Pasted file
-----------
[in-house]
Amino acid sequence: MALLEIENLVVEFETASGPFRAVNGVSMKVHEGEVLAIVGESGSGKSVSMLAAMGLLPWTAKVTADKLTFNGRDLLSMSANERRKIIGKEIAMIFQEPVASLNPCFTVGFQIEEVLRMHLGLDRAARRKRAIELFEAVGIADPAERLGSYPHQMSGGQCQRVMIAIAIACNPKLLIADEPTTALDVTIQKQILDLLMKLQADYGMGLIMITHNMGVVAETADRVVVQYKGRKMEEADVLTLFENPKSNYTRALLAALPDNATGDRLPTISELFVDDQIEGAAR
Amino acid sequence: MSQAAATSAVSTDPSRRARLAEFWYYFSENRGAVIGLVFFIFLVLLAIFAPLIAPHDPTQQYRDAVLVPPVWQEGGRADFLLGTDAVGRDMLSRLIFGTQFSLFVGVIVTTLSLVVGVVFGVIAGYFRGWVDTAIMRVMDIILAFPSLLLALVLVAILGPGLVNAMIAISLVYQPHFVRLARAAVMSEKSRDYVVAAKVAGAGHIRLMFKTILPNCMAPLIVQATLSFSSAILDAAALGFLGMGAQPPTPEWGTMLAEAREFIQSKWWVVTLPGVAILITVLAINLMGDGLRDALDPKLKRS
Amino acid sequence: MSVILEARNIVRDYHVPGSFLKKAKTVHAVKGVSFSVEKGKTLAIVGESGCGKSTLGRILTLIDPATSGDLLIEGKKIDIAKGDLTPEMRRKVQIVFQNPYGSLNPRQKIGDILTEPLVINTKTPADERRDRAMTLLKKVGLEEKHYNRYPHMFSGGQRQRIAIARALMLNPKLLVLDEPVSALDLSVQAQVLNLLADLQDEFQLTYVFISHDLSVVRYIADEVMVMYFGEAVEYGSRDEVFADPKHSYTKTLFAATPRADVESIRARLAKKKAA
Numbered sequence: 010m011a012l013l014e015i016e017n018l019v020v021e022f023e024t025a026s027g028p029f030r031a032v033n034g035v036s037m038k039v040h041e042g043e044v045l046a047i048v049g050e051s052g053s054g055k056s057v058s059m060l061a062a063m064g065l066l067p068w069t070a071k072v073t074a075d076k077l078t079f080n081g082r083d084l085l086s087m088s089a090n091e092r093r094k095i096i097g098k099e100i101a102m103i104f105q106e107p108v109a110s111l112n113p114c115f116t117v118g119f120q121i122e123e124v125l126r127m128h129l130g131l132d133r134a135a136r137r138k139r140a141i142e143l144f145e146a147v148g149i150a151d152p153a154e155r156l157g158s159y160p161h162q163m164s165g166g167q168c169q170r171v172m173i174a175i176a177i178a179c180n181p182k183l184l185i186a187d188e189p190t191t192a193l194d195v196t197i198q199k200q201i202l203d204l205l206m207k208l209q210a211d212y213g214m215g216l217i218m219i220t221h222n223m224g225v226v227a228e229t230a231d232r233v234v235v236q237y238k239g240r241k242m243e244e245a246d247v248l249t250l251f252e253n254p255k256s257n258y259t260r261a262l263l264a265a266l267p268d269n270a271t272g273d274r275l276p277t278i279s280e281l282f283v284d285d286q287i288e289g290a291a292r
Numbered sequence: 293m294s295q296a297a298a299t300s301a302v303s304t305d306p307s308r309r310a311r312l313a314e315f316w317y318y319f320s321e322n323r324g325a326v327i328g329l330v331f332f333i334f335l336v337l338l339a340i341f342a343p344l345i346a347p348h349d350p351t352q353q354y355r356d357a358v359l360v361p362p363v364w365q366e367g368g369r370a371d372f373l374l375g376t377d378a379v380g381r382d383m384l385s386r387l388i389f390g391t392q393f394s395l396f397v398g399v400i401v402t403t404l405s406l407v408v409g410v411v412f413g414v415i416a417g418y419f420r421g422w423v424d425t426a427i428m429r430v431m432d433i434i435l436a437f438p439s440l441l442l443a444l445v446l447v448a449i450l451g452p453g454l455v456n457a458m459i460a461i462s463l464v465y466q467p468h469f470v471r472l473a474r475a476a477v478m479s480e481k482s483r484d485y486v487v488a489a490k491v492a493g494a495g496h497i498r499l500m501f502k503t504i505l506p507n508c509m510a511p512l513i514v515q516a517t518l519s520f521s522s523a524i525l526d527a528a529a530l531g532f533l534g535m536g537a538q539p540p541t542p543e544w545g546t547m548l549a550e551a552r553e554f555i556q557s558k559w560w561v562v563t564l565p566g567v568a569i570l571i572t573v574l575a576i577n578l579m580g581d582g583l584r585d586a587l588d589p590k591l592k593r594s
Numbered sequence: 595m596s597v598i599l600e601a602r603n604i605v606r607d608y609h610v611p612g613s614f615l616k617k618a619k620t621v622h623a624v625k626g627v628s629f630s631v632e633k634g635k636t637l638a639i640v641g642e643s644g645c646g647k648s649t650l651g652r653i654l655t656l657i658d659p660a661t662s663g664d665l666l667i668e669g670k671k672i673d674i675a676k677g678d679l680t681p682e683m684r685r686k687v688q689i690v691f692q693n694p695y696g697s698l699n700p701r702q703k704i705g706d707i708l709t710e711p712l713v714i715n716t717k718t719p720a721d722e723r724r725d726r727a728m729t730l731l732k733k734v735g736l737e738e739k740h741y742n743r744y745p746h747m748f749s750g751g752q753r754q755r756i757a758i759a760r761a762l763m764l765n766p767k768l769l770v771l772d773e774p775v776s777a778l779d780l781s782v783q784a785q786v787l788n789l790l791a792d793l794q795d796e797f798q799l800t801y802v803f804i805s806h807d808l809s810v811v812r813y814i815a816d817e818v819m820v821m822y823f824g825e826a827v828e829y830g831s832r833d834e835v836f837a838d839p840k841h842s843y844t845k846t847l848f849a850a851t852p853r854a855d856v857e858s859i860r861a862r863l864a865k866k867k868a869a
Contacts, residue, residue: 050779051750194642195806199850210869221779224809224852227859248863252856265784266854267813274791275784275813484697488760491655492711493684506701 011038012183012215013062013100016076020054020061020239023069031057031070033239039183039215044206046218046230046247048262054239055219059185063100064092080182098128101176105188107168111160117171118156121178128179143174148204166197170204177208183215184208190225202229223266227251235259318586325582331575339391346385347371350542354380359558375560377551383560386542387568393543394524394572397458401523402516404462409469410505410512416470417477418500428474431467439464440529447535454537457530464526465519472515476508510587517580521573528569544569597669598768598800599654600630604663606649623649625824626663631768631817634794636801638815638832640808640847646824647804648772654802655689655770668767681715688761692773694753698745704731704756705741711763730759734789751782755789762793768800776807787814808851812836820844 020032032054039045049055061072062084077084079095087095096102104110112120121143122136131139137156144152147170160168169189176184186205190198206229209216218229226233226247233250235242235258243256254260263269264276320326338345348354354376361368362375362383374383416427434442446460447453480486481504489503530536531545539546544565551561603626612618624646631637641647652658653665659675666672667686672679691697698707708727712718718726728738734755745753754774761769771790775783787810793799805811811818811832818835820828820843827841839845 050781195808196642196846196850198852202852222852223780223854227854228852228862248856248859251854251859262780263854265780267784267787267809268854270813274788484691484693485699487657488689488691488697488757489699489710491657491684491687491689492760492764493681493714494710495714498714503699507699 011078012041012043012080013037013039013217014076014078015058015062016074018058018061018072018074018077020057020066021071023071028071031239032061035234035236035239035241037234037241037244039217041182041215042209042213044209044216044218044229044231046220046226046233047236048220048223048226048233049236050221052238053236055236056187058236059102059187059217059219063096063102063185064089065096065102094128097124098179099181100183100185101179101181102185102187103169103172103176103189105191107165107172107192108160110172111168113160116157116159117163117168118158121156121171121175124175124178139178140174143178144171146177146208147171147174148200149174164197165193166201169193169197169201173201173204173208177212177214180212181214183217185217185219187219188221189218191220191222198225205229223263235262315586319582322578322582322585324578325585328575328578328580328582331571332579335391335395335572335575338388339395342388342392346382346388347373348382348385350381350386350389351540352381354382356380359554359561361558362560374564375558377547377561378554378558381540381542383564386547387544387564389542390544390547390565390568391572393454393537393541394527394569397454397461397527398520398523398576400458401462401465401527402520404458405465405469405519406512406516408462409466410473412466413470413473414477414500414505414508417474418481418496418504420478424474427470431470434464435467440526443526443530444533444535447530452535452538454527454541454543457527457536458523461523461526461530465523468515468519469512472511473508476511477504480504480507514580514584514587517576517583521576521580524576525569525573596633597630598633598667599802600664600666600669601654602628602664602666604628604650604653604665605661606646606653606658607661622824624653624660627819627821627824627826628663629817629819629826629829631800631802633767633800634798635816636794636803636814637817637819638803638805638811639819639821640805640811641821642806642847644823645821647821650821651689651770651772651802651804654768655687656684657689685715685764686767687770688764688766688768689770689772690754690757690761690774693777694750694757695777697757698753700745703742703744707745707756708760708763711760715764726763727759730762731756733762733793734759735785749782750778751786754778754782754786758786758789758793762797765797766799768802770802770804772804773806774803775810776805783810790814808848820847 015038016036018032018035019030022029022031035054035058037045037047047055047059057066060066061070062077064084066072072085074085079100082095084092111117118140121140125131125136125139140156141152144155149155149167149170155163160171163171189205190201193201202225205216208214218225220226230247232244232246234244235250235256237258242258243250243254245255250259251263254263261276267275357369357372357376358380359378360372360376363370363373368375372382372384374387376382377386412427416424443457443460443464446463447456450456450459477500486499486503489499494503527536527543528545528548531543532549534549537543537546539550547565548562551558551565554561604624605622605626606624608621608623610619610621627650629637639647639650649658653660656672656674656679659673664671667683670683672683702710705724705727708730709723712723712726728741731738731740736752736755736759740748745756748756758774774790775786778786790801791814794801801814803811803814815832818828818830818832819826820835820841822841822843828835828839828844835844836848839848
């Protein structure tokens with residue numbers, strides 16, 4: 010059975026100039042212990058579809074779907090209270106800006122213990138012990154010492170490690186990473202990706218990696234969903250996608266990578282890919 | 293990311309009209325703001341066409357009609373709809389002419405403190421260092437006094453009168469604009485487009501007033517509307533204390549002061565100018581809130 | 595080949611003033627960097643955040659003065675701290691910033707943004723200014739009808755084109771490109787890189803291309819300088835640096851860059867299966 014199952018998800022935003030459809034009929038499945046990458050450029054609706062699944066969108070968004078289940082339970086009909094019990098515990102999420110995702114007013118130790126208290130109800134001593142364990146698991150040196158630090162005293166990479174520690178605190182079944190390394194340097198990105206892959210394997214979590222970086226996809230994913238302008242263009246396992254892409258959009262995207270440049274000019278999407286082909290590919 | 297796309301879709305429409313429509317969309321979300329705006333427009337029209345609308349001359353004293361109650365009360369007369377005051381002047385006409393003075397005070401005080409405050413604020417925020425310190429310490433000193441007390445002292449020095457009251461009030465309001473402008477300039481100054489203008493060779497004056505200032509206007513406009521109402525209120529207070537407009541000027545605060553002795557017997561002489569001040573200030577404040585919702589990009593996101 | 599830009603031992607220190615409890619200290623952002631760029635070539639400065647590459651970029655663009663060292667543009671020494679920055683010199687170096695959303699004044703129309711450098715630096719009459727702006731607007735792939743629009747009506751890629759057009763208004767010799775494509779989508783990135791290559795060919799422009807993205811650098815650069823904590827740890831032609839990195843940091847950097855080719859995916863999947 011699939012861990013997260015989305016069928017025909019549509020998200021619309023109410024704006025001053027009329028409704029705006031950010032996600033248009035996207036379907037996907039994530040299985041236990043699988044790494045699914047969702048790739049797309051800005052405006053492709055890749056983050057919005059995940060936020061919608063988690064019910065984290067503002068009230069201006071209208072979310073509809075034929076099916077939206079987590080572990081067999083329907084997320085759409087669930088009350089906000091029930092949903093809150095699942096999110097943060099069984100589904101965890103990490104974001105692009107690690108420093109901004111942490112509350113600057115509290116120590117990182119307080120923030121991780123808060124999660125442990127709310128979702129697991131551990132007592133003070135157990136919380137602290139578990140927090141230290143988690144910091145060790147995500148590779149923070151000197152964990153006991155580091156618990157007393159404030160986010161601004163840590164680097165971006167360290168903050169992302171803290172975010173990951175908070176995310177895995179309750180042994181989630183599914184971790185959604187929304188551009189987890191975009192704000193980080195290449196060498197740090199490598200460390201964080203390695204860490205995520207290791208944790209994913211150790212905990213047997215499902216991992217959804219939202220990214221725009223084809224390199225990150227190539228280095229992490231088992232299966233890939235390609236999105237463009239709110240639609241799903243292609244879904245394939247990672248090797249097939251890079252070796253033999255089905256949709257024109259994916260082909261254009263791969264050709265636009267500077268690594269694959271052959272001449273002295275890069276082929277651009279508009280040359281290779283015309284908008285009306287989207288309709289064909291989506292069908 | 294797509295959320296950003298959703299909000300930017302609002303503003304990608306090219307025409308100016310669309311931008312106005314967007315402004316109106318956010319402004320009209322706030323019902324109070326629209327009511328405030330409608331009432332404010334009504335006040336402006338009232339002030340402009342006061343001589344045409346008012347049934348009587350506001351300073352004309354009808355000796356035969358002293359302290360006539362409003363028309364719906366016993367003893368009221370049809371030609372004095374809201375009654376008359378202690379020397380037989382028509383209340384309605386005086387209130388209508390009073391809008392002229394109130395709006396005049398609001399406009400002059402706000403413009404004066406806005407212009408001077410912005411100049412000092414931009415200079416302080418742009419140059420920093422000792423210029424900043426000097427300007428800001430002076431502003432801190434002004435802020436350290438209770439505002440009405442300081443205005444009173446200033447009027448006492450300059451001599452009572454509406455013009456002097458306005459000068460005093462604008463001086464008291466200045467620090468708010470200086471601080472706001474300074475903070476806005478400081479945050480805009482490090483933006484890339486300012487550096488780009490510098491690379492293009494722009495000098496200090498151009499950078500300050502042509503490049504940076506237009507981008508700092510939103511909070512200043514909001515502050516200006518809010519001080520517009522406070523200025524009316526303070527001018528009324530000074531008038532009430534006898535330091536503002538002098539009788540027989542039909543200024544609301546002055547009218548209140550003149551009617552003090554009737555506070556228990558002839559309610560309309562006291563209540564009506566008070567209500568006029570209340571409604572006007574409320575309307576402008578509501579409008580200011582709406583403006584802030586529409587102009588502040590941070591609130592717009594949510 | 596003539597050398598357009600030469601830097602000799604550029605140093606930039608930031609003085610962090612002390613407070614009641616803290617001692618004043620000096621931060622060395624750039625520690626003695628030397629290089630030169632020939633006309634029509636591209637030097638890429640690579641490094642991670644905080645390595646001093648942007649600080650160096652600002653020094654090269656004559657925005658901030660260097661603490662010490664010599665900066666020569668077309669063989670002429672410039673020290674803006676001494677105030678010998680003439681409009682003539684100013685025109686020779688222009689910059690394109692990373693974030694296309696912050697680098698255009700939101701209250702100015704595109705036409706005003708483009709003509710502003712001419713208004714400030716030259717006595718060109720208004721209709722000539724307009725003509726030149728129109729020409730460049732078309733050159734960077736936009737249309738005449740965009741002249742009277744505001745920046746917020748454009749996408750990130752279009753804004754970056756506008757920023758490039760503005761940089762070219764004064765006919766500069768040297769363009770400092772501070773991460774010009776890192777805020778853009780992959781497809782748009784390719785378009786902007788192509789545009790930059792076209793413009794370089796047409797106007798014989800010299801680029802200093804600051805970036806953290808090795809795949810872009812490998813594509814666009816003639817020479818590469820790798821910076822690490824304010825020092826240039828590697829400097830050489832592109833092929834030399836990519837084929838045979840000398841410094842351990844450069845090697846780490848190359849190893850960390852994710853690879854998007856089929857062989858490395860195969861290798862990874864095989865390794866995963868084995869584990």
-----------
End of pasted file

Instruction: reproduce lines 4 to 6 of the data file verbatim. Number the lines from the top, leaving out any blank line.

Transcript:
Amino acid sequence: MSVILEARNIVRDYHVPGSFLKKAKTVHAVKGVSFSVEKGKTLAIVGESGCGKSTLGRILTLIDPATSGDLLIEGKKIDIAKGDLTPEMRRKVQIVFQNPYGSLNPRQKIGDILTEPLVINTKTPADERRDRAMTLLKKVGLEEKHYNRYPHMFSGGQRQRIAIARALMLNPKLLVLDEPVSALDLSVQAQVLNLLADLQDEFQLTYVFISHDLSVVRYIADEVMVMYFGEAVEYGSRDEVFADPKHSYTKTLFAATPRADVESIRARLAKKKAA
Numbered sequence: 010m011a012l013l014e015i016e017n018l019v020v021e022f023e024t025a026s027g028p029f030r031a032v033n034g035v036s037m038k039v040h041e042g043e044v045l046a047i048v049g050e051s052g053s054g055k056s057v058s059m060l061a062a063m064g065l066l067p068w069t070a071k072v073t074a075d076k077l078t079f080n081g082r083d084l085l086s087m088s089a090n091e092r093r094k095i096i097g098k099e100i101a102m103i104f105q106e107p108v109a110s111l112n113p114c115f116t117v118g119f120q121i122e123e124v125l126r127m128h129l130g131l132d133r134a135a136r137r138k139r140a141i142e143l144f145e146a147v148g149i150a151d152p153a154e155r156l157g158s159y160p161h162q163m164s165g166g167q168c169q170r171v172m173i174a175i176a177i178a179c180n181p182k183l184l185i186a187d188e189p190t191t192a193l194d195v196t197i198q199k200q201i202l203d204l205l206m207k208l209q210a211d212y213g214m215g216l217i218m219i220t221h222n223m224g225v226v227a228e229t230a231d232r233v234v235v236q237y238k239g240r241k242m243e244e245a246d247v248l249t250l251f252e253n254p255k256s257n258y259t260r261a262l263l264a265a266l267p268d269n270a271t272g273d274r275l276p277t278i279s280e281l282f283v284d285d286q287i288e289g290a291a292r
Numbered sequence: 293m294s295q296a297a298a299t300s301a302v303s304t305d306p307s308r309r310a311r312l313a314e315f316w317y318y319f320s321e322n323r324g325a326v327i328g329l330v331f332f333i334f335l336v337l338l339a340i341f342a343p344l345i346a347p348h349d350p351t352q353q354y355r356d357a358v359l360v361p362p363v364w365q366e367g368g369r370a371d372f373l374l375g376t377d378a379v380g381r382d383m384l385s386r387l388i389f390g391t392q393f394s395l396f397v398g399v400i401v402t403t404l405s406l407v408v409g410v411v412f413g414v415i416a417g418y419f420r421g422w423v424d425t426a427i428m429r430v431m432d433i434i435l436a437f438p439s440l441l442l443a444l445v446l447v448a449i450l451g452p453g454l455v456n457a458m459i460a461i462s463l464v465y466q467p468h469f470v471r472l473a474r475a476a477v478m479s480e481k482s483r484d485y486v487v488a489a490k491v492a493g494a495g496h497i498r499l500m501f502k503t504i505l506p507n508c509m510a511p512l513i514v515q516a517t518l519s520f521s522s523a524i525l526d527a528a529a530l531g532f533l534g535m536g537a538q539p540p541t542p543e544w545g546t547m548l549a550e551a552r553e554f555i556q557s558k559w560w561v562v563t564l565p566g567v568a569i570l571i572t573v574l575a576i577n578l579m580g581d582g583l584r585d586a587l588d589p590k591l592k593r594s